Rob

Re:Just one question: (1)

dargaud (518470) | about 2 years ago | (#41666839)

Come on, this much should be obvious, they have a tesseract [wikipedia.org] structure !

Life immitates art... (1)

roc97007 (608802) | about 2 years ago | (#41664725)

Well, I hope not [wikipedia.org] .

Been there, done that (4, Funny)

Voyager529 (1363959) | about 2 years ago | (#41664731)

It's where Krypton keeps their most dangerous criminals, duh!

why stop at time crystals? (3, Funny)

circletimessquare (444983) | about 2 years ago | (#41664735)

why not build a time cube?

i know of a distinguished scientist who has spoken at numerous universities, including MIT, on his groundbreaking work in this area:

http://en.wikipedia.org/wiki/Time_Cube#Public_reaction [wikipedia.org]

note: if you visit http://timecube.com/ [timecube.com] for the first time in a decade, like i just did, you discover that gene ray has been experimenting with javascript, but i don't think he got the effect he was looking for. i think he is trying to profit from clicks, but i think he mangled the code and you get a page redirect whenever you try to load his site. i guess deep knowledge of time cubez does not translate into mad html skillz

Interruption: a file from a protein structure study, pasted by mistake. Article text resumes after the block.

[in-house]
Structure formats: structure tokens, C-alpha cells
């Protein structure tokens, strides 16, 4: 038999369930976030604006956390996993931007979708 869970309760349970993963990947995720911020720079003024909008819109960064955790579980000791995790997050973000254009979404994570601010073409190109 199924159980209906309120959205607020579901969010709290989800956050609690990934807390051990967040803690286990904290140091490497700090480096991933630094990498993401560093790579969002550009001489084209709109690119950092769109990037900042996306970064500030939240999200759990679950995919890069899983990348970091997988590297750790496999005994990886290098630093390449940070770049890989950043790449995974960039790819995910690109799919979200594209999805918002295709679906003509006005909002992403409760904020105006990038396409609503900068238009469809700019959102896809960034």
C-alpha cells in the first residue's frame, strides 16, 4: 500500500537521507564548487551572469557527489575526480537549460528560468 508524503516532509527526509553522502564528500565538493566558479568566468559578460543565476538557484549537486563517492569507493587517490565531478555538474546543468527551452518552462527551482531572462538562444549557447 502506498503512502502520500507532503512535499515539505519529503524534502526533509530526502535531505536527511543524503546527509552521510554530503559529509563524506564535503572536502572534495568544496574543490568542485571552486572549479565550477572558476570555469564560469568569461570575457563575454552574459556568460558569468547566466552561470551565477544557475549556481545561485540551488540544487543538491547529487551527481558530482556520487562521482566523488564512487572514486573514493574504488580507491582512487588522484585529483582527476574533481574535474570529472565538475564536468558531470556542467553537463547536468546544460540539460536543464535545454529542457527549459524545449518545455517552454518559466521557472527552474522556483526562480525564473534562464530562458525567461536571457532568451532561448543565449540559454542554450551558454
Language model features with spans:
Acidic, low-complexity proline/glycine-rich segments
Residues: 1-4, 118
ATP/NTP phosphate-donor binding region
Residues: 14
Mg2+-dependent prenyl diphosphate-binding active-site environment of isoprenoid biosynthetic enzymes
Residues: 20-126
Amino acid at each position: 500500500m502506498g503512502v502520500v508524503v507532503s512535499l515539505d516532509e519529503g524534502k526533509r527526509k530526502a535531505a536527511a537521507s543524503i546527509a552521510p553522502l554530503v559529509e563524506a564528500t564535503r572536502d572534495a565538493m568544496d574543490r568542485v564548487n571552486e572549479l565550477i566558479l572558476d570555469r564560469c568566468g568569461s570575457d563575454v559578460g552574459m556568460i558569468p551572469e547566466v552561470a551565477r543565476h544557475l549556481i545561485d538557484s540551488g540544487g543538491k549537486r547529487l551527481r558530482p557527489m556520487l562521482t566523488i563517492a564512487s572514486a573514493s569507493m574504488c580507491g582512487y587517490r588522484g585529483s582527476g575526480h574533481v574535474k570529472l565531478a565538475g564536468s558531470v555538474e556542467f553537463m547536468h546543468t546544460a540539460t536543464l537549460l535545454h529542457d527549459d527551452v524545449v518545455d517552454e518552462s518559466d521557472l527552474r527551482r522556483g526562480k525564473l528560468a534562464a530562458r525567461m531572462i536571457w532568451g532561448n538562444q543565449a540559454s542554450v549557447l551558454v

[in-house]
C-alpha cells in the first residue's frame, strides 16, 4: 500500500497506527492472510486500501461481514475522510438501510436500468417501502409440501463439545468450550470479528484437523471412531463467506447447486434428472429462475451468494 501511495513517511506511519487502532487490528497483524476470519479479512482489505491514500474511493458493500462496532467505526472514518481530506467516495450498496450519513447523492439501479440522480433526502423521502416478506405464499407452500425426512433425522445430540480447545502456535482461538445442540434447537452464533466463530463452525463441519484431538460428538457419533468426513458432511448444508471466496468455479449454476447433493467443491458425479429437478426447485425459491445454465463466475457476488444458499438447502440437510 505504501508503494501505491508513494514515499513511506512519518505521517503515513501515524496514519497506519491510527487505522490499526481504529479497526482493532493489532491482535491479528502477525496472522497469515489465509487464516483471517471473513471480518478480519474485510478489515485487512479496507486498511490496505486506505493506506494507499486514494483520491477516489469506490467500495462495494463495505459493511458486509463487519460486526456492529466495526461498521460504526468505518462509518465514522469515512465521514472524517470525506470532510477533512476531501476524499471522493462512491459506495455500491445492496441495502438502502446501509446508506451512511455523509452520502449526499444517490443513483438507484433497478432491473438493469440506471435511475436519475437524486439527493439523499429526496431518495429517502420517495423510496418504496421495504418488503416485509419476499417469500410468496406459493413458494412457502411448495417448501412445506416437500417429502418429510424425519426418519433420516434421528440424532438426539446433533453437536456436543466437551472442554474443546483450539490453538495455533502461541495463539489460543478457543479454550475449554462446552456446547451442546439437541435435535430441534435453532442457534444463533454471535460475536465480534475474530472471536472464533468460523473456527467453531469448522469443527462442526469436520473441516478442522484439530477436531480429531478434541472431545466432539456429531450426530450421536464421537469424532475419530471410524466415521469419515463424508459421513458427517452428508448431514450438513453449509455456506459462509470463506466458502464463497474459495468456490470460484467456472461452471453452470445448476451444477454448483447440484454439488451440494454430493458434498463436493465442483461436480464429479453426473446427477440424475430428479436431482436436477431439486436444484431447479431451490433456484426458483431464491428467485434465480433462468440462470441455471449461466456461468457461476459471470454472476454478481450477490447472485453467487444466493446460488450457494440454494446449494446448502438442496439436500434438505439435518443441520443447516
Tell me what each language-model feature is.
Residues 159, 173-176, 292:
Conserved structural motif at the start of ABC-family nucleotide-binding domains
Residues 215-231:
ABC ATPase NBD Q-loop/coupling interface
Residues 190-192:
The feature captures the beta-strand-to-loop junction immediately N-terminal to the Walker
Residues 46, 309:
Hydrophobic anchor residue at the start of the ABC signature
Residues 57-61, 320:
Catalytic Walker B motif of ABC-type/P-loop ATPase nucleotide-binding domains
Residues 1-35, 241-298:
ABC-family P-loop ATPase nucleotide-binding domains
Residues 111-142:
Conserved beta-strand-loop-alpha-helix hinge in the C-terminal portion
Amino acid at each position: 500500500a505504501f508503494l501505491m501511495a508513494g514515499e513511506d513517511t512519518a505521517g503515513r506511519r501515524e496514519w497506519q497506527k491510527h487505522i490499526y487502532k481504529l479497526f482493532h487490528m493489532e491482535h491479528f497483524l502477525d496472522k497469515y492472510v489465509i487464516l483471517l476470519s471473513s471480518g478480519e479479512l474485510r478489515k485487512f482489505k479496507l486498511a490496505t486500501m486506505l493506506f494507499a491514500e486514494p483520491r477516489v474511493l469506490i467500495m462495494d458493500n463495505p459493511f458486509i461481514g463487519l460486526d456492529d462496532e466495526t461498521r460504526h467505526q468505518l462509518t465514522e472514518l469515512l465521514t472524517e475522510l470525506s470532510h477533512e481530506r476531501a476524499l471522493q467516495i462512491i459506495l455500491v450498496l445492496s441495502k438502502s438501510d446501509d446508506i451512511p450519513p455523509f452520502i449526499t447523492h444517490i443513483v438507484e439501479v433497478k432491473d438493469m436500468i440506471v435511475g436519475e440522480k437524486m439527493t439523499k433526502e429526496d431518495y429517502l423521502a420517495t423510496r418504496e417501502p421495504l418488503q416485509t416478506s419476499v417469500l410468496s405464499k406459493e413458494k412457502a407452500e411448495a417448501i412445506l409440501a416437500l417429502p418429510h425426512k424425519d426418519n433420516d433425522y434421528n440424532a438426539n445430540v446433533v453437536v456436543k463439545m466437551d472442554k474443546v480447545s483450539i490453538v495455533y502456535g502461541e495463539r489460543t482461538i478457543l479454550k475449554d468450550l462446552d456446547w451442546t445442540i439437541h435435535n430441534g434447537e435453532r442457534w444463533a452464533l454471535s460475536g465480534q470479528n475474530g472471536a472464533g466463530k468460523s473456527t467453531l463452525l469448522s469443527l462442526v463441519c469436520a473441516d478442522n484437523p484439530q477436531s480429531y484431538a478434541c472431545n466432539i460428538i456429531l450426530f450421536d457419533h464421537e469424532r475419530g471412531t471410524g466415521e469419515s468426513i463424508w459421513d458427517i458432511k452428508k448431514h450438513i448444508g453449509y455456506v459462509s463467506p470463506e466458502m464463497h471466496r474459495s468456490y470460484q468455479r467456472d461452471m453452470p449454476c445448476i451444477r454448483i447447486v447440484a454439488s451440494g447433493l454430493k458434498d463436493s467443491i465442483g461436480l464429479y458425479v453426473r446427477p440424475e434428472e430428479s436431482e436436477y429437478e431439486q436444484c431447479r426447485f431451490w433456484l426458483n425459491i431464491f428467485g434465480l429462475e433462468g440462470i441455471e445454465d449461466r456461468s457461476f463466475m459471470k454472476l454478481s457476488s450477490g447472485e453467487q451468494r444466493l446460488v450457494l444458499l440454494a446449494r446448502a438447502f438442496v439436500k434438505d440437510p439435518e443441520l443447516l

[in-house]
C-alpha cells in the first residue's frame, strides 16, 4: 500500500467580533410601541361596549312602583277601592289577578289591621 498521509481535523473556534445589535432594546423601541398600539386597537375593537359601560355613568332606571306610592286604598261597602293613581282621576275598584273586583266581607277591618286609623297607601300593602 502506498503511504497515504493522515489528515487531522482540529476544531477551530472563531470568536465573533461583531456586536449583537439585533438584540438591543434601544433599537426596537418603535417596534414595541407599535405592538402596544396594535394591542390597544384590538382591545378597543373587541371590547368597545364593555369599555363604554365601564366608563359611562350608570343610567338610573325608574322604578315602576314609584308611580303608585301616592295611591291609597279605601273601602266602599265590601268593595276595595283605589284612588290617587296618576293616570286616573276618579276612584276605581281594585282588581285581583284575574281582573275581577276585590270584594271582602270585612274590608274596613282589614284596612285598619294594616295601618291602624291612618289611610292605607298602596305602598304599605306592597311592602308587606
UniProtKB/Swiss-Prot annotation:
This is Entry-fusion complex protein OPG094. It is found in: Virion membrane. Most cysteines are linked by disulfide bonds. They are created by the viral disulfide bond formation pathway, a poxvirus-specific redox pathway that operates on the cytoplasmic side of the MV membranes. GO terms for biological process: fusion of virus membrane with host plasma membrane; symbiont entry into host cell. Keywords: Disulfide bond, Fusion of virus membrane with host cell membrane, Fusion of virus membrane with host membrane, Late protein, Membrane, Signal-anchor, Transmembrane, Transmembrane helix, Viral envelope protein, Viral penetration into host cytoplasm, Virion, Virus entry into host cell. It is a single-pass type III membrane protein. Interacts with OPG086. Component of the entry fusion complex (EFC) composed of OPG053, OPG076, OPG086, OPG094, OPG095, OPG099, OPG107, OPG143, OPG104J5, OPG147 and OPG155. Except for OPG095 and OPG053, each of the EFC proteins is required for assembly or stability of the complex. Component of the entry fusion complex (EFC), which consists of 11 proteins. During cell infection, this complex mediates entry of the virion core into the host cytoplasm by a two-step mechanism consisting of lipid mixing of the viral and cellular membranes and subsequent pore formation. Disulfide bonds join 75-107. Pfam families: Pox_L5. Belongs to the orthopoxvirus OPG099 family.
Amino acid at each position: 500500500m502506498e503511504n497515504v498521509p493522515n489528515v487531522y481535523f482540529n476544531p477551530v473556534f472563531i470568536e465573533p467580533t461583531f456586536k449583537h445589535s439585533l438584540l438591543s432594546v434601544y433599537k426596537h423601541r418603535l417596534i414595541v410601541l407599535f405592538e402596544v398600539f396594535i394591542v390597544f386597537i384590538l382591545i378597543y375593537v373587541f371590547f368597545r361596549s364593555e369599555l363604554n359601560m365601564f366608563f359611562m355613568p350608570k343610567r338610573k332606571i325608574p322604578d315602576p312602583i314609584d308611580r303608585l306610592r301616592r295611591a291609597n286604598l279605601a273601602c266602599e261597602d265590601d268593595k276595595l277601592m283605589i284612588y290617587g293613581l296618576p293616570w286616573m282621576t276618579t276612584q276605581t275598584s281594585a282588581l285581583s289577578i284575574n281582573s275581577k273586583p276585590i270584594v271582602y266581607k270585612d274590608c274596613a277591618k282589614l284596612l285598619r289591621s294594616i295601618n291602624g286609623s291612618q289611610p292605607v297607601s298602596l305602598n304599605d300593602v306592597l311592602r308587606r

You can't read it (without other power) (3, Informative)

Sarusa (104047) | about 2 years ago | (#41664759)

One key point that makes it not a free energy machine is that you can't actually read it or otherwise do anything useful with it (nor can it do anything) without spending extra external energy.

And in any normal situation, like sitting in a room on Earth, you might even have to spend energy keeping it undisturbed by things like thermal jostling (i.e., cooled to near absolute zero).

Re:You can't read it (without other power) (3, Funny)

Anonymous Coward | about 2 years ago | (#41664883)

One key point that makes it not a free energy machine is that you can't actually read it or otherwise do anything useful with it (nor can it do anything) without spending extra external energy.